Chobani CEO’s tab for Anchor Steam Brewery in San Francisco: $9.9M 

Family office of Hamdi Ulukaya buys plant and taproom on Potrero Hill

Anchor Steam Brewery's Hamdi Ulukaya; 1705 Mariposa Street (Getty)
Anchor Steam Brewery's Hamdi Ulukaya; 1705 Mariposa Street (Getty)

Anchor Steam Brewery will once again produce its crisp amber lager on San Francisco’s Potrero Hill following the $9.9 million purchase of its former plant at a quarter of its asking price.

An affiliate of the family office for Hamdi Ulukaya, CEO of New York-based yogurt maker Chobani, bought four parcels last week making up the 2.2-acre plant and taproom at 1705 Mariposa and 495 De Haro streets, the San Francisco Business Times reported.

After Tokyo-based Sapporo Holdings closed the 127-year-old brewery last summer, it listed the four-story, 110,000-square-foot Art Deco brewery and tap room for $40 million.

The Turkish billionaire stepped up last week to become the new owner of America’s oldest craft brewery with plans to restart production and keep its taps flowing atop Potrero Hill.

The price wasn’t disclosed after the May 30 purchase. But updated city records reviewed by the Business Times show that Potrero Hill SFII LLC, tied to Ulukaya’s family office, got a good deal.

The sale included two deed transactions of $4.95 million each, according to city transfer tax figures, for a total of $9.9 million, for four parcels at 501 De Haro Street No. 1, 501 De Haro Street No. 2, 495 De Haro Street and 330 Carolina Street.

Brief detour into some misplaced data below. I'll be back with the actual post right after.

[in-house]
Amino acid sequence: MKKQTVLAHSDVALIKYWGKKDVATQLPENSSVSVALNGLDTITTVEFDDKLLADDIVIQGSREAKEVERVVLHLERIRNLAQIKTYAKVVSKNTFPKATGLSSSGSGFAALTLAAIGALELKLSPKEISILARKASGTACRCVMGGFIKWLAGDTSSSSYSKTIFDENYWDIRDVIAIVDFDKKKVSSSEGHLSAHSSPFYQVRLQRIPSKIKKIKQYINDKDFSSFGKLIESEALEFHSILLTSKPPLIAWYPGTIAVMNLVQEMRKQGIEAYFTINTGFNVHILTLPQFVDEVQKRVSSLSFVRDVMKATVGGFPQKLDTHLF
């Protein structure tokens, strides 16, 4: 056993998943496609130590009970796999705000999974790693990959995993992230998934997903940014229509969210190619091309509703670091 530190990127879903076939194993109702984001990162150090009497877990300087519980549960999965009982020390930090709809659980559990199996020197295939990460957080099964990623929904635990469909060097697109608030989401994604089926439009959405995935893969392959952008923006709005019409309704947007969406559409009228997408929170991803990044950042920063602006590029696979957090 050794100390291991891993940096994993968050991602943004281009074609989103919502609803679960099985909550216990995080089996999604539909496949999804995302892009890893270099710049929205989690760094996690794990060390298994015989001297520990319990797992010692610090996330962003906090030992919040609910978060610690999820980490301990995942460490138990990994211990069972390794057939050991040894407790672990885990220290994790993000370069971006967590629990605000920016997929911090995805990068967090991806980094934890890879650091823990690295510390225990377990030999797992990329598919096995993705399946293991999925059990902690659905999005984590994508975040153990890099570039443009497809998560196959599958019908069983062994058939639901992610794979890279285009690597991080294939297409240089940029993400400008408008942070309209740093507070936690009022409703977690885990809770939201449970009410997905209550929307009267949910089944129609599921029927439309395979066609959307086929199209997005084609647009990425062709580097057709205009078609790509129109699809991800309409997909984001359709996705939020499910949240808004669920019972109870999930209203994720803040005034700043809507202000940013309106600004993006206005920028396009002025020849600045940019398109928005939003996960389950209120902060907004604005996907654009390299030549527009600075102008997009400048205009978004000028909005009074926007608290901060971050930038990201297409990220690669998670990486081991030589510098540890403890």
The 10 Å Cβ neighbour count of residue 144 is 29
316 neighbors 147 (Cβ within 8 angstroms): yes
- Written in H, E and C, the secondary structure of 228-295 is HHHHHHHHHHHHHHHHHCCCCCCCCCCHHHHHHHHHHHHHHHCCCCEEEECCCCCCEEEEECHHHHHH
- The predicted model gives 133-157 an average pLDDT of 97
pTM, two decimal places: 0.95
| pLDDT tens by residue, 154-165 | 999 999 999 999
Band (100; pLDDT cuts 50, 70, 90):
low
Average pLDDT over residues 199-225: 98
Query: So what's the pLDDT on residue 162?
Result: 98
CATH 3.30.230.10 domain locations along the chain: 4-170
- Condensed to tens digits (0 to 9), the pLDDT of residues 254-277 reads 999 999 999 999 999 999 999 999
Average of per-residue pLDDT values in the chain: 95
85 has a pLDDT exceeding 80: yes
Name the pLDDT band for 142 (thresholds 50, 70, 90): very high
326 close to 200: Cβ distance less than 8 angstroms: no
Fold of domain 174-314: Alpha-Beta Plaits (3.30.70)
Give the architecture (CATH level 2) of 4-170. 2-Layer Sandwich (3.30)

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It’s not clear how much Ulukaya paid for the brewery’s recipes, intellectual property and brewing equipment.

“I am humbled and excited to be part of this city and its rich community,” Ulukaya posted on LinkedIn last week. “San Francisco, and now, Anchor Brewing, are both experiencing the magic of rebirth. I have always believed brands born in places like this deserve to be treasured, respected, and loved.”

Anchor Steam was acquired by Sapporo in 2017 for $85 million. About $12 million of that was the real estate, according to records. 

In July, Sapporo announced it would shut down the suds factory after years of declining sales, increased competition and consumer shifts away from beer.

The steam-based beer maker was founded in San Francisco in 1896 and became known as “America’s First Craft Brewery.” The company moved to the Mariposa Street facilities in 1979.

— Dana Bartholomew

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